From time to time, boats started to encroach.
A couple of times I had to shout for some people to get out of the way, which was kinda fun because I like to yell.

Never the quiet type in competition,
I’m sure he benefitted from the energy-release of yelling.

Ferry crossing
Mike had an interesting thing happen as he crossed the Balboa Island Ferry.

I hadn’t been on the ferry in a while, so I assumed that when they dock, they go all the way in.

He’d timed his pass well, planning to move by the back end of the ferry right after it docked.

He watched the ferry enter the docking cutout, expecting it to keep going further in:

I didn’t realize that the overhang was normal.

I’d been trying to stay as close to the shore as possible. 
When the back end of the ferry didn’t disappear into the cutout,
I had to do a quick stop and 90 degree turn.
At that point I started to pick it up and try to navigate effectively.

Sixty Degrees
Thanks to photographer Mindy Schauer of the Orange County Register,
we have some dynamic images of Mike Ruffino’s trip to the finish line.

The last turn of the race is a tight sixty degrees, at the tip of Little Balboa Island.

On that day, rowers were approaching the turn with the wind at their back, and turning left into the leeward side of the island.

Hit the turn too fast and you’ll either overshoot it or spin out.

Mike told me:

What I thought was best to do with that turn, it was all power strokes, and after the turn, a really hard back stroke.

It was at that point where Mindy snapped what I’ve been referring to as
the “dance photo”.
photo by Mindy Schauer

It looks almost like Mike’s dancing on the back of the boat.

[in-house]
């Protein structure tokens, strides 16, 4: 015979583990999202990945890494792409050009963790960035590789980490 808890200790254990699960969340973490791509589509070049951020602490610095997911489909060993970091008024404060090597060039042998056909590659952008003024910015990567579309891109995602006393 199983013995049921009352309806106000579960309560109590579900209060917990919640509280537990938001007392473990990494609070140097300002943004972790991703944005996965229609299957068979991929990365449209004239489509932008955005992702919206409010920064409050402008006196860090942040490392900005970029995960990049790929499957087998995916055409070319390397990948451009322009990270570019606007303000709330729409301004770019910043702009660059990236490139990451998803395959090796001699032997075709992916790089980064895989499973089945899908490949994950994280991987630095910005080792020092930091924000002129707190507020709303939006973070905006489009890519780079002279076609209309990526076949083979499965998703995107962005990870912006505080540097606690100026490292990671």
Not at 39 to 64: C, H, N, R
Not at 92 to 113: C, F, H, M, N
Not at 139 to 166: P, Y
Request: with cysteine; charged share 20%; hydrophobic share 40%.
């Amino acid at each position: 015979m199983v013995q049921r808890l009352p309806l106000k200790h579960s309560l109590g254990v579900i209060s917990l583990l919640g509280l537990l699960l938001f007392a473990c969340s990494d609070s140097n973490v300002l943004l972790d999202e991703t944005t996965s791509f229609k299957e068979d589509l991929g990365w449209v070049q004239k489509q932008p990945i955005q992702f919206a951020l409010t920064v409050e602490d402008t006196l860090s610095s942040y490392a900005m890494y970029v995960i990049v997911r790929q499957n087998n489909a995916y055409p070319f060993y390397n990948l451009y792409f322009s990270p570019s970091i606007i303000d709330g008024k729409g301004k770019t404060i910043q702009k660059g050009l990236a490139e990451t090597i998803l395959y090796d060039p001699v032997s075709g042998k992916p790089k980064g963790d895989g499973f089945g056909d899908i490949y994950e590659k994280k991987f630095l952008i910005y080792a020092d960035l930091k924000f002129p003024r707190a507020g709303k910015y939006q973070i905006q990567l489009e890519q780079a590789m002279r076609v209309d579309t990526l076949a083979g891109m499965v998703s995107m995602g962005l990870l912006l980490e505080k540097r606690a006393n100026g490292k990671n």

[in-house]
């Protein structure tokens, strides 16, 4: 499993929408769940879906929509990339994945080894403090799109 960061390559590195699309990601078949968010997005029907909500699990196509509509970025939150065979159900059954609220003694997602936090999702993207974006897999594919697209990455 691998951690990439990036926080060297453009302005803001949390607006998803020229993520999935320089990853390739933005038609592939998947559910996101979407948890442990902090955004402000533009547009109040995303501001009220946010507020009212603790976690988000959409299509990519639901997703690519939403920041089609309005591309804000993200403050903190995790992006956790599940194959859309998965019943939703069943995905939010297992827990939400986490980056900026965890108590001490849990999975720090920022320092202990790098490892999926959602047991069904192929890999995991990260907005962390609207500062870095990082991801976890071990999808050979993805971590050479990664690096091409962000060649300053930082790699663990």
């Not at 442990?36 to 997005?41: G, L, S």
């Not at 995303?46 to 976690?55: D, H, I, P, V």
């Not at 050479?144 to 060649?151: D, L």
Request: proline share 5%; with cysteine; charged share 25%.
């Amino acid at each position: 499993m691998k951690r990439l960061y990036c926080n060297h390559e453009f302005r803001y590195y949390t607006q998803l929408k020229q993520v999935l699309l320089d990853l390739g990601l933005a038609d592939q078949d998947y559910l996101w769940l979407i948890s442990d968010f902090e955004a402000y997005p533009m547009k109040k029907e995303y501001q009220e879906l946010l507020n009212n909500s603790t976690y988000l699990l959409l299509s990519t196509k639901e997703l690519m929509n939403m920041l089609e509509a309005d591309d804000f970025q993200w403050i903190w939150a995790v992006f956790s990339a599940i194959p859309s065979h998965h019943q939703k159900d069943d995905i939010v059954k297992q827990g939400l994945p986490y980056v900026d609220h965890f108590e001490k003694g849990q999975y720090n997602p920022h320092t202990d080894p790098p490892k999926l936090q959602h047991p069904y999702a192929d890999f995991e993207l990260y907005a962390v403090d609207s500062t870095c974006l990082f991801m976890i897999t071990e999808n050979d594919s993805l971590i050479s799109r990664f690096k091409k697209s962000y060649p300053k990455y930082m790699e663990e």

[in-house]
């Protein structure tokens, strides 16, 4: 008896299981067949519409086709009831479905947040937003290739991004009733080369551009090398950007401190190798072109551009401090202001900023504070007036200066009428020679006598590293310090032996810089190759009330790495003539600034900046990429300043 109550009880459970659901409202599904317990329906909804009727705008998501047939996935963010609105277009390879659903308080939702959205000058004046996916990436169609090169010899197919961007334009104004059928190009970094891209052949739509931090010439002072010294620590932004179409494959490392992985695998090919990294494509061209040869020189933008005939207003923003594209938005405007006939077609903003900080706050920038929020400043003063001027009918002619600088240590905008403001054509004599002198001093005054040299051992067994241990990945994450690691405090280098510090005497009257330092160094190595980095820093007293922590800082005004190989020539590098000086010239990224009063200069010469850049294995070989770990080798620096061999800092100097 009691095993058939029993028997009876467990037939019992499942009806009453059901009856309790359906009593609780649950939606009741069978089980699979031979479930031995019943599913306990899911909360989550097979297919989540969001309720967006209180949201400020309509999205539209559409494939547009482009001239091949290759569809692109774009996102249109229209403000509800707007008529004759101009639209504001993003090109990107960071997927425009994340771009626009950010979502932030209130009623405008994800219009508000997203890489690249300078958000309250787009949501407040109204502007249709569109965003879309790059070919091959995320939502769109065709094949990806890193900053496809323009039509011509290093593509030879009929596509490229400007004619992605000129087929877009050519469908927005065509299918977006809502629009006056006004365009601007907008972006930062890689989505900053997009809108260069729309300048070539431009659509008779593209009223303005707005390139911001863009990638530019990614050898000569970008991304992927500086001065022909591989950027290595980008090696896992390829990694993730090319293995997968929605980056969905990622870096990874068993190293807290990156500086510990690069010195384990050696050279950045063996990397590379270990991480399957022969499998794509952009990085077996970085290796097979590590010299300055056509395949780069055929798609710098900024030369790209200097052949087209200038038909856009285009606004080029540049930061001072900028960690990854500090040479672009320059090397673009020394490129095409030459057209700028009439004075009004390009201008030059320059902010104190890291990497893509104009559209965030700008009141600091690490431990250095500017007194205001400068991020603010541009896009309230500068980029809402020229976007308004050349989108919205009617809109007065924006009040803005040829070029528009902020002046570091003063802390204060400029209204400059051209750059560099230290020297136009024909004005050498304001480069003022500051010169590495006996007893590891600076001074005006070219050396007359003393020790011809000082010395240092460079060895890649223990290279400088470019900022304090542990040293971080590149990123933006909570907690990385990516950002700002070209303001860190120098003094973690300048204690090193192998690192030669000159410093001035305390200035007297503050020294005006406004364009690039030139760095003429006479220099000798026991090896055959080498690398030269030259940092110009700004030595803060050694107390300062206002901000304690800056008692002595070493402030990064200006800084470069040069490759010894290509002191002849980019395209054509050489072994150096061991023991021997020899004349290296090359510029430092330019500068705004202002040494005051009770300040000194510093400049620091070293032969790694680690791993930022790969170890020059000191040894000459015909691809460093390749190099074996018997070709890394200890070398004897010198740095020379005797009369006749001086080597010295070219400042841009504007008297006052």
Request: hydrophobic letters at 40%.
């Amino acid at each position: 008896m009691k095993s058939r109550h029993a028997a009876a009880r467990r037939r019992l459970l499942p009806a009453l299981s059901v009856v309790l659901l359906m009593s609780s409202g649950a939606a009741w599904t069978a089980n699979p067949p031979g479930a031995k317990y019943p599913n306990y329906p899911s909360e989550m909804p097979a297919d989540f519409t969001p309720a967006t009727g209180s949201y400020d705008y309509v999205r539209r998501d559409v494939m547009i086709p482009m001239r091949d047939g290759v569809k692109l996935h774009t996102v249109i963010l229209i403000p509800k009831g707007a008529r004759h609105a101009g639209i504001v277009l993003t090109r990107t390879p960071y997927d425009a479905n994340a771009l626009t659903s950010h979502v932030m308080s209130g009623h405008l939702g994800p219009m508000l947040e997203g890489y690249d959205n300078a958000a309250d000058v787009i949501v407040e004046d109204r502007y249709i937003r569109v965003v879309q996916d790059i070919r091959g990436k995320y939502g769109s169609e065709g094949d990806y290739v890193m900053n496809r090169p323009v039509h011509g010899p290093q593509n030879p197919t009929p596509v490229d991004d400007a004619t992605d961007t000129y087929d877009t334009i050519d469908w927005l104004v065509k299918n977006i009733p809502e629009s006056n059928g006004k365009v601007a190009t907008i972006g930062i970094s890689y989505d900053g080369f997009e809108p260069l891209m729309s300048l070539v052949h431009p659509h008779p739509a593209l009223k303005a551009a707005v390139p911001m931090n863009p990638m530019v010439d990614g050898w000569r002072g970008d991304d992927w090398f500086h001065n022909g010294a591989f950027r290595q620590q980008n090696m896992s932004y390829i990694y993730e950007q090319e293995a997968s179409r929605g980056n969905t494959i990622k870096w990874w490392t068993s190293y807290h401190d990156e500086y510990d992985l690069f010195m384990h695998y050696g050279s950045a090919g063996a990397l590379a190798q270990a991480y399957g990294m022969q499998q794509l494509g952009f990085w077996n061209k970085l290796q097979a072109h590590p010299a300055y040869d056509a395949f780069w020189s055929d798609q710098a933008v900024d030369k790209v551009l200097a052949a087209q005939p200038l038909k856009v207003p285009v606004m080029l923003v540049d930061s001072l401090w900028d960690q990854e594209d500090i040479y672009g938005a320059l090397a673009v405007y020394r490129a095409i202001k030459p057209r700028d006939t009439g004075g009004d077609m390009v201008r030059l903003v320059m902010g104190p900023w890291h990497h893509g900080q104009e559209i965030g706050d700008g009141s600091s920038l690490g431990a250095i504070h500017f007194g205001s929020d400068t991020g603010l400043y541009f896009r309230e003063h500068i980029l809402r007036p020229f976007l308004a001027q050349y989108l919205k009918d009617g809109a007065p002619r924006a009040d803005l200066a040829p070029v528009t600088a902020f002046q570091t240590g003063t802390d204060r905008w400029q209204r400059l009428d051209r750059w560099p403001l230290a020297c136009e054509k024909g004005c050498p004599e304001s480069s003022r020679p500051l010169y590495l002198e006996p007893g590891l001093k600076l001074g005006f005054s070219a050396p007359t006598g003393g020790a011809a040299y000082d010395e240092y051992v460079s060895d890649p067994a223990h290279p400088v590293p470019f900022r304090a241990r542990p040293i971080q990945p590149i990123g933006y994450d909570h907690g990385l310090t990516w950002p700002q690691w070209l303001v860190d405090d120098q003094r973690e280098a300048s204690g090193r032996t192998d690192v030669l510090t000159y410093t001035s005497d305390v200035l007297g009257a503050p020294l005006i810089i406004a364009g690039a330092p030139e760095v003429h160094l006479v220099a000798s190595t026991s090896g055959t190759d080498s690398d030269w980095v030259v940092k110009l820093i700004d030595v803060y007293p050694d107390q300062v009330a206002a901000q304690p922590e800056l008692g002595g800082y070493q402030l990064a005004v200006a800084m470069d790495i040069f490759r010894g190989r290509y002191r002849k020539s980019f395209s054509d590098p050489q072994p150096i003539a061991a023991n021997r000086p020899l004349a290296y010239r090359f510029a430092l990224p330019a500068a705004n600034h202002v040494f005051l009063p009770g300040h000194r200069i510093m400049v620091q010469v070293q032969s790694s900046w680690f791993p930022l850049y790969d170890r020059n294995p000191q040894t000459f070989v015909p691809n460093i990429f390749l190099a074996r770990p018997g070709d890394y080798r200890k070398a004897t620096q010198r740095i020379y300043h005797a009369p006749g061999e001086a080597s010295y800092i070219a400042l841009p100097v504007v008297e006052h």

Sean Jamieson of The Gondola Company in Coronado even told me it looked like Mike was breakdancing on the gondola.

Pure Rage
With the finish line within view, Mike went all-out crazy.
He channeled pure rage into the remainder of his run,
rowing with an intensity I’ve rarely seen.

I didn’t really want to finish without giving it my all.

The only thing worse than losing a race, is finishing and knowing you had more you could have given.

Post Race
He knew he'd finished well in his heat, but Mike was surprised to learn that he'd secured second place overall.
He hadn't rowed cruises since summer, and had only spent an hour or so tandem training the day before Nationals.
He credits other training exercises with his readiness and level of conditioning.

In preparation for his cage fight, Mike had trained in martial arts – boxing, kickboxing and grappling with a mixed martial arts center known as Bearpit.

Mike also does a variation of hot yoga which includes weights.

Some of you might be tired of hearing me say that gondoliers are interesting, but Mike is a prime example.
In addition to all of the above, he's been a sculptor's model for seven years now. He's worked with world renowned artists and some pieces based on his posing have been displayed in galleries.

His bucket list no longer includes "cage fight,"
but there are plenty of other interesting items.
He'd like to work on a cruise ship,
drive in a demolition derby,
and "bulldog and alligator."

On Christmas Day he'll head to Northern Ireland
and work at the Vagabonds Hostel (another bucket list item).

The Photo - I Mean THE Photo
With all of the sculpture posing and other remarkable "image captures" he's ever been the subject of, I really don't think anything can compare to the photo Mindy Schauer snapped of Mike Ruffino, just a few strokes from the finish line.

photo by Mindy Schauer

If the world sees only one image of voga-alla-Veneta in the United States,
I hope it's this one.

Special thanks go out to the staff at the Orange County Register
not only for showing up and taking great images,
but also for allowing me to post them here.
To see the full slide show, go to:

Simon Atkins managed to get a GoPro camera on that boat before the race,
and the full run is viewable on YouTube at:

photo by Mindy Schauer
I have it on good authority that Mike will be joining us next October
in Minnesota for the 2016 US Gondola Nationals.

I can't wait to see him row again.